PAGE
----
08 May 2009
Immigration NZ helping people emigrating to New Zealand caught by licensing laws
As of 4 May 2009, Immigration New Zealand introduced new laws for agents helping people emigrating to New Zealand. The new laws require all immigration agents practicing in New Zealand to have a licence to do so. All overseas agents have another 12 months to acquire the licence to help people emigrating to New Zealand.
Many people emigrating to New Zealand use immigration agents to help them with their New Zealand visa application, because the process can be long and complex at times and it is important that migrants apply for the right type of visa properly.
Immigration NZ introduced the new law to help people emigrating to New Zealand with lodging their New Zealand visa application so that dodgy agents can be flushed out of the system. The trouble is, because the licence costs nearly $2,000 to buy, many legitimate agents have failed to obtain one (Otago Daily Times reports that only 171 of 1200 agents have been licensed so far).
As a result, many New Zealand visa applications have been lost in limbo; the new law states that any applications received by Immigration NZ from unlicensed advisors after the 4 May would be rejected, which would affect hundreds of people already in the process of emigrating to New Zealand.
However, Immigration NZ chief Andrew Annakin said that his department would endeavour to help all those migrants who have paid good money to legitimate agents who are now unlicensed and therefore unlawfully allowed to continue with their New Zealand visa application.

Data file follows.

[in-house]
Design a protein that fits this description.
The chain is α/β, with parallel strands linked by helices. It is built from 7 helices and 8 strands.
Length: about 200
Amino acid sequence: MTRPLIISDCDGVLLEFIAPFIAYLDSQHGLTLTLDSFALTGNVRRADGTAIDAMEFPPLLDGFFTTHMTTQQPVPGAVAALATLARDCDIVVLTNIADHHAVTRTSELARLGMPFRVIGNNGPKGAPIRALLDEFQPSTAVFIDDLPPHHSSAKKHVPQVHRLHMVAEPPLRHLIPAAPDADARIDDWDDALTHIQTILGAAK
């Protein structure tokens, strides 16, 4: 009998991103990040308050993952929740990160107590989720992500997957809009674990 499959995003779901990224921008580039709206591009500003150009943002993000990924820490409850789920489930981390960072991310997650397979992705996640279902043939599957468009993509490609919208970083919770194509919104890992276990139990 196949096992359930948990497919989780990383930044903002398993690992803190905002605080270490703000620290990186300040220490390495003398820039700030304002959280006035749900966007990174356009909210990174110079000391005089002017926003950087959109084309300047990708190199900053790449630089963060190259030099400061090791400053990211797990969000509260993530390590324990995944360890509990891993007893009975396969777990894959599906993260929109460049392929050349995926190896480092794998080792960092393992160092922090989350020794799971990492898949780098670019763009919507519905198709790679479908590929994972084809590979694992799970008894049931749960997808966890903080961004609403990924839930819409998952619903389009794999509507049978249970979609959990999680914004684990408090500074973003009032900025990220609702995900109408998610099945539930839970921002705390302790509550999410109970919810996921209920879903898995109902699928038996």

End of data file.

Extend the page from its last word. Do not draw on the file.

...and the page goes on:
"I sympathise with anyone who may be worried about their application as a result of the new provisions which have come into effect and we will do our utmost to help them," he said.
"Prospective migrants with any concerns about their situation should call our contact centre in the first instance. If they need help with their application the contact centre will get their details and arrange for an officer at the closest branch to call them back within 24 hours to arrange for an appointment."
Those affected could also visit a government immigration branch or visit a licensed advisor to finish off their New Zealand visa application, and seek a refund of fees paid to unlicensed agents.
He added, the new laws are not an attempt to disadvantage people emigrating to New Zealand but are in the best interests of raising the integrity of the New Zealand immigration system.
"Up to now anybody could call themselves an immigration adviser and some migrants have been ripped off," Mr Annakin said.
"The new law is a win-win situation for migrants and professional advisers and we will work through any teething problems to ensure no prospective migrant loses out."
The New Zealand Visa Bureau is an independent consulting company specialising in helping people with their New Zealand visa application.